Those who become golf professionals can fill many shoes throughout their careers. Some are teachers who instruct other players on swing techniques and the mental side of the game. Golf pros also help operate golf-related businesses, manage employees, buy merchandise and oversee maintenance at a club, resort or course.
The Senior PGA Tour is now called the Champions Tour. Many of the greatest players of all time, including Jack Nicklaus and Tom Watson, have played this tour for golfers 50 and older. To play in such company, you have to survive a tough qualifying process.
Most golfers will never be skilled enough to play at the highest levels. But that does not mean they cannot participate in the sport. Other people love golf and want to spend time at the course, but cannot afford the fee required to play. In both instances, golfers can maintain ties to the sport by working as caddies. Whether they are carrying the clubs in a high-dollar tournament or just for a golfer who is playing with friends, caddies have the same task: to help in any way to make sure golfers gain more enjoyment from their round.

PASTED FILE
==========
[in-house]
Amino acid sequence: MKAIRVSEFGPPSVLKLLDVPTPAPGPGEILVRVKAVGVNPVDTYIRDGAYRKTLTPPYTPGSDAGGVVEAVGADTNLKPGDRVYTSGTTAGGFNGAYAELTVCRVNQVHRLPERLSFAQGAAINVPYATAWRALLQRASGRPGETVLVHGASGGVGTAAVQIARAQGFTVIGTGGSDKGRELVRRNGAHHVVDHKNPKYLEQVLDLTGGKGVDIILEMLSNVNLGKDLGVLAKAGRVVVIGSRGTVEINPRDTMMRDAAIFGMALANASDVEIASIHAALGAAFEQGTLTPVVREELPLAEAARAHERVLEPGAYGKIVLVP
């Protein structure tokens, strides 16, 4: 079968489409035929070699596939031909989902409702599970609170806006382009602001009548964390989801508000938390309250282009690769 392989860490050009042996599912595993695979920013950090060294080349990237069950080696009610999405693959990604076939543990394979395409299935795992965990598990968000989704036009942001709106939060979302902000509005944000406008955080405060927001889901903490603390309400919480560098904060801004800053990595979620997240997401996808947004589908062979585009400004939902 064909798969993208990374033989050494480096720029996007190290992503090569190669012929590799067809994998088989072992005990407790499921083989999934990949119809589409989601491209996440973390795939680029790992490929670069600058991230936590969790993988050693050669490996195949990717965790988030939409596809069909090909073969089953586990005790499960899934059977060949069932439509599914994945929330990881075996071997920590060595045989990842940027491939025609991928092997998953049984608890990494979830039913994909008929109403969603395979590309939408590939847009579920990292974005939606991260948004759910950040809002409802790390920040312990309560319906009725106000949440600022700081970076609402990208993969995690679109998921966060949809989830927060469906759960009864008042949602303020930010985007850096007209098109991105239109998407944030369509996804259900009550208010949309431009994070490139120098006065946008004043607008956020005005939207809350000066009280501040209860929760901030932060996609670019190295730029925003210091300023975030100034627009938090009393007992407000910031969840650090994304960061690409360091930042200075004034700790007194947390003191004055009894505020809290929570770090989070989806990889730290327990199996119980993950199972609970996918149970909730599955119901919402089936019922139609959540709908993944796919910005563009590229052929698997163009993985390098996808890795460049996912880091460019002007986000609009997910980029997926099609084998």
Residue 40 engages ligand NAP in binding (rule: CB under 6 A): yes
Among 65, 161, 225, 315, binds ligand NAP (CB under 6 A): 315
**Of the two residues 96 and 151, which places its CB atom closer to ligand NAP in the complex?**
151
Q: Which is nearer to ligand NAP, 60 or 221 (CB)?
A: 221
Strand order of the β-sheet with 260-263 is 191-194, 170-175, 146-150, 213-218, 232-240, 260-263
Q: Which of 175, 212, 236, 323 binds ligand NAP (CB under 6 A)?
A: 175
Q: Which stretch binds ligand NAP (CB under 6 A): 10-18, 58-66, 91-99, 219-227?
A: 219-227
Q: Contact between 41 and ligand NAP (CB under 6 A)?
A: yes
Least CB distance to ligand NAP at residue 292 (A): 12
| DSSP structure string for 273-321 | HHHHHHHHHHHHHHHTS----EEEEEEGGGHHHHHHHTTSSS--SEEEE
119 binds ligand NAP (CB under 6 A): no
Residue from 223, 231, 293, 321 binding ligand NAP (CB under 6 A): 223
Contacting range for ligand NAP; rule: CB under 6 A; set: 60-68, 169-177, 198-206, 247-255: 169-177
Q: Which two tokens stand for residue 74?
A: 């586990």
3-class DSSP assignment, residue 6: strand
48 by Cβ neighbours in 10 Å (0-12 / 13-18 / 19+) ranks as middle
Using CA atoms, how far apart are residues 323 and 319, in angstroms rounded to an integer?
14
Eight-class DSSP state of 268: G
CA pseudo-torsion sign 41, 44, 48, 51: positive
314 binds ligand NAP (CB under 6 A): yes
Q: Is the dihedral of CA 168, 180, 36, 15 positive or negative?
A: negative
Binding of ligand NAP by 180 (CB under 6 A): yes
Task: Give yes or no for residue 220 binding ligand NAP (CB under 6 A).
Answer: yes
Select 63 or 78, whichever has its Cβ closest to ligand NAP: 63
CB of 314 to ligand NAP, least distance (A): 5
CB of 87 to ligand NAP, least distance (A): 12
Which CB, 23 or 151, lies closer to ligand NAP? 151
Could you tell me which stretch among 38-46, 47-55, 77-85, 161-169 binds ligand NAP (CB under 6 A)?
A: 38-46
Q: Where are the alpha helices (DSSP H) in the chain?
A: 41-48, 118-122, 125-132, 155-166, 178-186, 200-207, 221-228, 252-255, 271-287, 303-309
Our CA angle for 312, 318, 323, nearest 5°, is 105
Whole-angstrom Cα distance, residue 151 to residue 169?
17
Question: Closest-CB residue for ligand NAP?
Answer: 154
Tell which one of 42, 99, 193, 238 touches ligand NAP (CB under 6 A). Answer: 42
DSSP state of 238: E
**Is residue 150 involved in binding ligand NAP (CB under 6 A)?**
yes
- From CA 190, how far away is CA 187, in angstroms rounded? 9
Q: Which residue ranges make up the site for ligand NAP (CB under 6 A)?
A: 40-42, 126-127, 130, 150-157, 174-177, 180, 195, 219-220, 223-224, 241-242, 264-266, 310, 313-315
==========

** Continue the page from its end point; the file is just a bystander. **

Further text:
Being a teaching pro is a very rewarding career. You get to enjoy the game you love every day and help golfers with their games. There are many teaching pros out there, and most of them have gone through the PGA program. The PGA program is run by the Professional Golfers' Association.
As of August 2010, more professional golfers played TaylorMade golf clubs than those of any other maker--50 golfers on the PGA, European and LPGA tours carry TaylorMade clubs. Pings are used by 46 players and Callaway clubs by 40 pros on the three tours. Professional golfers often help design the clubs they use. These clubs, and similar models, are available for purchase by the general public. On average, male professional golfers use drivers with a loft between 9.5 and 10.5 degrees.